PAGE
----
Thursday, 7 November 2019
Fears for Australia's economy as retail sales plunge to their lowest level since the 1991 recession and houses become more unaffordable
Credit Suisse regards Australia as the world's second richest nation per capita
The land Down Under hasn't had a recession since 1991 but that could soon end
Australian retail sales have plunged to the weakest level in more than 28 years
Cash register activity is now at the weakest level since the last recession in 1991
Sydney and Melbourne are also among the world's most expensive for housing
By STEPHEN JOHNSON FOR DAILY MAIL AUSTRALIA
PUBLISHED: 02:05 GMT, 8 November 2019 | UPDATED: 02:27 GMT, 8 November 2019
Australia is the world's second richest nation when it comes to the wealth of middle-class individuals but that may not last.
Swiss financial services giant Credit Suisse rates Australia as the world's most cashed-up nation after Switzerland, based on median per capita wealth.
The land Down Under also holds the world record for going for the longest time without a recession.
The economy, however, is growing at the slowest pace since the global financial crisis a decade ago and retail sales in the year to September have suffered the biggest annual drop in 28 years, the Australian Bureau of Statistics revealed this week.
Australia is the world's second richest nation when it comes to individual wealth but that may not last. Swiss financial services giant Credit Suisse rates Australia as the world's most cashed-up nation after Switzerland, based on median per capita wealth (pictured is Australia's richest woman billionaire mining magnate Gina Rinehart)
House prices still falling across Australia nationally in June 2019
Richest countries in the world based on median individual wealth
Switzerland: $US227,891 ($A330,595)
Australia: $US181,361 ($A263,000)
Hong Kong*: $US146,900 ($A213,100)
Belgium: $US117,090 ($A169,640)
New Zealand: $US116,440 ($A168,726)
Japan: $US110,408 ($A159,985)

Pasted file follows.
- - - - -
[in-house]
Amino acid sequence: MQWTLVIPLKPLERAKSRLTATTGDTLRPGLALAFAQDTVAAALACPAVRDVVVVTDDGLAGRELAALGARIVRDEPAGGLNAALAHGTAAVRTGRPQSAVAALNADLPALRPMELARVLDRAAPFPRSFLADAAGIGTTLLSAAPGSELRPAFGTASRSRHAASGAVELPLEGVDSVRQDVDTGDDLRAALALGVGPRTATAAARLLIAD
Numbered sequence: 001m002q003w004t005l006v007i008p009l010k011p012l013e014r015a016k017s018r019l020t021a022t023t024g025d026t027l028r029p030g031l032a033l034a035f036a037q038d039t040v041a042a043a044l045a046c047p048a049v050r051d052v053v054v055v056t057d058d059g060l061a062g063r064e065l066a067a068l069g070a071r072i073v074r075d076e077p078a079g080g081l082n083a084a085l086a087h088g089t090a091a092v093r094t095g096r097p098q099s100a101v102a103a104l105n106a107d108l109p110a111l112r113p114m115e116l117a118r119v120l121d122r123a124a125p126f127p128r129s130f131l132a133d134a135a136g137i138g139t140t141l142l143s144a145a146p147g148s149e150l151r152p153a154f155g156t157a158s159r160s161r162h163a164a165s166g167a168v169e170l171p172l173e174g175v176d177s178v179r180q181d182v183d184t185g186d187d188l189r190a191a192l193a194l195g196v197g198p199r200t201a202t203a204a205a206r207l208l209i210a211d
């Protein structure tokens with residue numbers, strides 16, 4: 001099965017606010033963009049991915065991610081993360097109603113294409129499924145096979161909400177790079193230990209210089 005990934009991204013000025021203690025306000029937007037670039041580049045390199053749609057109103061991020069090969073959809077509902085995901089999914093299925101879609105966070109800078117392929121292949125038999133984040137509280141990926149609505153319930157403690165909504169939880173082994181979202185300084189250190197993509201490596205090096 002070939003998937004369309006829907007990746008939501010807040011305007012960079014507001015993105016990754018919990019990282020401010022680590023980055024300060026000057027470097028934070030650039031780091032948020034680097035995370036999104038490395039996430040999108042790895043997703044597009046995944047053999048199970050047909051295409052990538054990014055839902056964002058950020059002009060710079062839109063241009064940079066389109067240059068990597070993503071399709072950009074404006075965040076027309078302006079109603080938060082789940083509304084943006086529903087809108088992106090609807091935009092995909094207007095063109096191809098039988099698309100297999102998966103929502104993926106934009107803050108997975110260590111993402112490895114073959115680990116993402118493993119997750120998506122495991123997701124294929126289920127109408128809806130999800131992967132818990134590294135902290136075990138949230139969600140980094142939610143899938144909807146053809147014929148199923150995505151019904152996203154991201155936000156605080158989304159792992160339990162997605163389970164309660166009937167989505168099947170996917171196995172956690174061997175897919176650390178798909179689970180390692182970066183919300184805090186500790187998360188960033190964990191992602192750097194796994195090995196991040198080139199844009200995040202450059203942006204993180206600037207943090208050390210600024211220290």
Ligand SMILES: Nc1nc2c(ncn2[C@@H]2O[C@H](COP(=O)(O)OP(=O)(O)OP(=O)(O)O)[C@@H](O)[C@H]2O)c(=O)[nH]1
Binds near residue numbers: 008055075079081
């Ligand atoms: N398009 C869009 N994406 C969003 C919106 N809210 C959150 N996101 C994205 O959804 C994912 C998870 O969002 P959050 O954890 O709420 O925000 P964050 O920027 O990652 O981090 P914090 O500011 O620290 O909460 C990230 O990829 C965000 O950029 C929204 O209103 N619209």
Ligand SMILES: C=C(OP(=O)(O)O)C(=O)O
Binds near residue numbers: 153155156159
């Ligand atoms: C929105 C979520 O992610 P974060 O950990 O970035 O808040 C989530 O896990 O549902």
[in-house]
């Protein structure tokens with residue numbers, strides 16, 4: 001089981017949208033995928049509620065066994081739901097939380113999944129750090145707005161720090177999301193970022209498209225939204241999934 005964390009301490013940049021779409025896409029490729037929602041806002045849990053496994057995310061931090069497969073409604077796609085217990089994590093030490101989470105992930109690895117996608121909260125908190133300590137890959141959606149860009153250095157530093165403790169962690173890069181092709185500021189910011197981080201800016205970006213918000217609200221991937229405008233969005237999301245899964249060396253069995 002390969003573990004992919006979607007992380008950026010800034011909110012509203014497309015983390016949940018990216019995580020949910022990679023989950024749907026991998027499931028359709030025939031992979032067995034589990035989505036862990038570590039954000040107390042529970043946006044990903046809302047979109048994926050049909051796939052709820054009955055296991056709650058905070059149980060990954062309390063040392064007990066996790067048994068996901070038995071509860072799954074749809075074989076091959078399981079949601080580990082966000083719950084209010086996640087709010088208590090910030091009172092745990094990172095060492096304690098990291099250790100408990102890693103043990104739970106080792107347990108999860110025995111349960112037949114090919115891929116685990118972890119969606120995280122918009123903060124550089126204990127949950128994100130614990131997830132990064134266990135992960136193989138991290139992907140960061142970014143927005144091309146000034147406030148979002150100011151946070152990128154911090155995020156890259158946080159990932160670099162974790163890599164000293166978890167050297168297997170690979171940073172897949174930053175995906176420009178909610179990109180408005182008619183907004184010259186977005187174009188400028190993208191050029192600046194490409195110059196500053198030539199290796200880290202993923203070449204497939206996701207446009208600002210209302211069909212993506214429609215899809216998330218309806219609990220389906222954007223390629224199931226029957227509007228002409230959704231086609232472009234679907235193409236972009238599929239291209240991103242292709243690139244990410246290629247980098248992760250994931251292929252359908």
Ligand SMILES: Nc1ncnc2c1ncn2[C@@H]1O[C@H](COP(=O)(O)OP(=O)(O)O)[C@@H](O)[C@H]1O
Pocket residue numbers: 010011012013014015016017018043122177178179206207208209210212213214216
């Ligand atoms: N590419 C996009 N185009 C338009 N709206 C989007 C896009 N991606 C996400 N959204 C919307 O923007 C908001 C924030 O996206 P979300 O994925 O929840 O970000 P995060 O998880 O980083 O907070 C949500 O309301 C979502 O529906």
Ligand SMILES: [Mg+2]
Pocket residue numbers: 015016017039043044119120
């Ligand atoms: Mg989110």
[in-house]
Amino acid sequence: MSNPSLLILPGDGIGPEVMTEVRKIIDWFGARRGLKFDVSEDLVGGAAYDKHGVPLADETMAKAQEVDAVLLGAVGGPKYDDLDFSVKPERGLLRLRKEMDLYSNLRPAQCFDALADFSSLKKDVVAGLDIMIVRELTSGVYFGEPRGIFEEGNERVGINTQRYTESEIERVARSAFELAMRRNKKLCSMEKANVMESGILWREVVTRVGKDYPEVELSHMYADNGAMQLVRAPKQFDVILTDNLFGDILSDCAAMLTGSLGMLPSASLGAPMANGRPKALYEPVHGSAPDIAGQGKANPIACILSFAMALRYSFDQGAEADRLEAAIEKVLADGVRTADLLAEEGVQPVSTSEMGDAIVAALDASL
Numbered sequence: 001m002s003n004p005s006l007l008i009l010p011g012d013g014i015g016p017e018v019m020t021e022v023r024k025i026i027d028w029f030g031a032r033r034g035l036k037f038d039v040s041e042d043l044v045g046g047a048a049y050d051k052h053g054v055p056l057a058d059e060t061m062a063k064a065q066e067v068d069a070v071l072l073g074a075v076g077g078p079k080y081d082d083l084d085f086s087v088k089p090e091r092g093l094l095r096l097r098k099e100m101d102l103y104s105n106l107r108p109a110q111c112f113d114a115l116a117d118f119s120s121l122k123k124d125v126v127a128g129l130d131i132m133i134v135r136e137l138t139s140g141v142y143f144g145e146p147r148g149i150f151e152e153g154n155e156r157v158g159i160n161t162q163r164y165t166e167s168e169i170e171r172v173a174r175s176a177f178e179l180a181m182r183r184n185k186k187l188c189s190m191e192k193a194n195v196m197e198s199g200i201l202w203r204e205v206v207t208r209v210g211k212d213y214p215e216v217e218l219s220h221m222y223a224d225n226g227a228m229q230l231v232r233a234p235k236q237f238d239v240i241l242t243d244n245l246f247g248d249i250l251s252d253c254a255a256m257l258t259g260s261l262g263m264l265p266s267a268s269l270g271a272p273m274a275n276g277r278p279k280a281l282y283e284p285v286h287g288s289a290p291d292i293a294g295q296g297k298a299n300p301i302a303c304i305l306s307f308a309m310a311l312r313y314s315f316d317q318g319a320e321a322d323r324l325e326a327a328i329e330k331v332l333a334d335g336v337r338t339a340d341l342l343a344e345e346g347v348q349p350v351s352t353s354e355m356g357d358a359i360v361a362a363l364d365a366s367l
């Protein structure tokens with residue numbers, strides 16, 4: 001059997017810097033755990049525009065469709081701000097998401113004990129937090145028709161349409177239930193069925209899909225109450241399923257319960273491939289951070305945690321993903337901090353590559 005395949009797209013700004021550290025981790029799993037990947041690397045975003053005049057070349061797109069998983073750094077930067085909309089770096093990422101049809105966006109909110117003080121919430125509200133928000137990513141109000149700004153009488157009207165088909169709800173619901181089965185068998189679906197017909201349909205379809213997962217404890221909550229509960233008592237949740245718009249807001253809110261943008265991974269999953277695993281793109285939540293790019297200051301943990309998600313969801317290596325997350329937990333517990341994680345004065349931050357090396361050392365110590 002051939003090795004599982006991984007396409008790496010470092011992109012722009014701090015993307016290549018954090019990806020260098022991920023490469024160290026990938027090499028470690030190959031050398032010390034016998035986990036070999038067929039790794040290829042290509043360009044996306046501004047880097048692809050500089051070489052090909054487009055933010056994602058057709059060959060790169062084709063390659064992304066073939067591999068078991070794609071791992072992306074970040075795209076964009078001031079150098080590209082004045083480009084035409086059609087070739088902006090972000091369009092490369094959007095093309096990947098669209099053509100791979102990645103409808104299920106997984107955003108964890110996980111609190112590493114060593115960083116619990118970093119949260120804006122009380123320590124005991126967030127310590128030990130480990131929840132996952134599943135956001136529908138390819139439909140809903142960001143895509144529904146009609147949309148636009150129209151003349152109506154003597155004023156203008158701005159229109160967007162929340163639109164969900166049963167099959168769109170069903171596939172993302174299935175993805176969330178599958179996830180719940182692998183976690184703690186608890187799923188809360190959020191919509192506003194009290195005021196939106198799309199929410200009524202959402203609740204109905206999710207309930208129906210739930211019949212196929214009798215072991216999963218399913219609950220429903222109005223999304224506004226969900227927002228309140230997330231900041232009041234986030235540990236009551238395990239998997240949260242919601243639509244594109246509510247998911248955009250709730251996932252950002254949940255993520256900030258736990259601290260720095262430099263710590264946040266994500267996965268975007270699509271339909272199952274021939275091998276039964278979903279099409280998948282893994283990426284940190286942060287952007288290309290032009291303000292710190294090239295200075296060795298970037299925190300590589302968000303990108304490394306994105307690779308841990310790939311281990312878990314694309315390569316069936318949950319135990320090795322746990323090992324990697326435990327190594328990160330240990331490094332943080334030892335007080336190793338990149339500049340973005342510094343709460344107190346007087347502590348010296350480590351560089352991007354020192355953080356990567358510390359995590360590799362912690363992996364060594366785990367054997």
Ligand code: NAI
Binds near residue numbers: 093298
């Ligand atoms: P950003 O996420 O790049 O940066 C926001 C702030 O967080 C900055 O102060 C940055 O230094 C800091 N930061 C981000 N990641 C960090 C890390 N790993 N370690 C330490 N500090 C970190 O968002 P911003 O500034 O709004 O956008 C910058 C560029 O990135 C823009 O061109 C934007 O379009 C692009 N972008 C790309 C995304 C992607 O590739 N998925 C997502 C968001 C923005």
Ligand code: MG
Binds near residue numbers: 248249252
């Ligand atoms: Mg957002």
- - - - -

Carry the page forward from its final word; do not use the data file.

Canada: $US107,004 ($A155,052)
France: $US101,940 ($A147,730)
UK: $US97,452 ($A141,226)
Singapore: $US96,967 ($A140,539)
* Part of China
Source: Credit Suisse Global Wealth Report, 2019
Cash register activity fell 0.2 per cent, in real terms adjusted for inflation, marking the biggest decline since the June 1991 - when Australia was last in recession.
This occurred even though middle and average-income earners, on salaries of $48,000 to $90,000 a year, were entitled to new tax cuts of $1,080 as part of the government's pre-election Budget.
While Australia continues to be a prosperous nation, thanks to strong Chinese demand for raw commodities, it is a particularly unaffordable place to live.
Sydney is the world's third most expensive property market, after Hong Kong and Vancouver, when median house prices were compared with average household incomes, data from US think Demographia showed.
In fact, four Australian capital cities are among the world's 20 most unaffordable cities, with Melbourne coming in at No.4, putting it ahead of Los Angeles, San Francisco and London.
Adelaide came in at No. 14 while Brisbane made the list at No. 18, putting them ahead of even New York.
Retail sales in the year to September have suffered the biggest annual drop in 28 years. Cash register activity fell 0.2 per cent, in real terms adjusted for inflation, marking the biggest decline since the June 1991 - when Australia was last in recession (pictured is a David Jones store. The department store chain in August declared it was suffering a 'retail recession')
Credit ratings agency Moody's Investors Service expected Australia's housing affordability to worsen in 2020 as real estate values in Sydney and Melbourne recovered from a record slump that began in 2017.
'Affordability will deteriorate over 2020 as housing prices rebound,' it said.
Melbourne home prices rose by 2.3 per cent in October – the biggest monthly increase since November 2009, CoreLogic data showed.
Sydney home prices rose by 1.7 per cent for second successive month.
Many Australians clearly have wealth tied up in property.
Credit Suisse's Global Wealth Report for 2019 rates Australia as being the world's second richest nation after Switzerland based on the median wealth of adults.
Sydney is the world's third most expensive property market, after Hong Kong and Vancouver, when median house prices were compared with average salaries, data from US think Demographia showed (pictured is a house at Vaucluse in Sydney's eastern suburbs)
The typical Australian in the middle has assets worth $US181,360 ($A263,000) putting it behind Switzerland's $US227,890 ($A330,595) but ahead of Kong Kong $US146,900 ($A213,100).
Australia's tally of 1.18 millionaires makes up 2.6 per cent of the world's 46.8 millionaires despite comprising just 0.4 per cent of the world's adult population.
Some of the nation's billionaires from Gina Rinehart to Andrew Forrest make their money from mining iron ore, the raw material used to make steel.
Strong Chinese demand for this commodity helped Australia post a current account surplus during the June quarter for the first time since 1975.
This meant the value of exports was worth more than imports for the first time in 44 years, with the trade accounts in surplus by $5.9billion.
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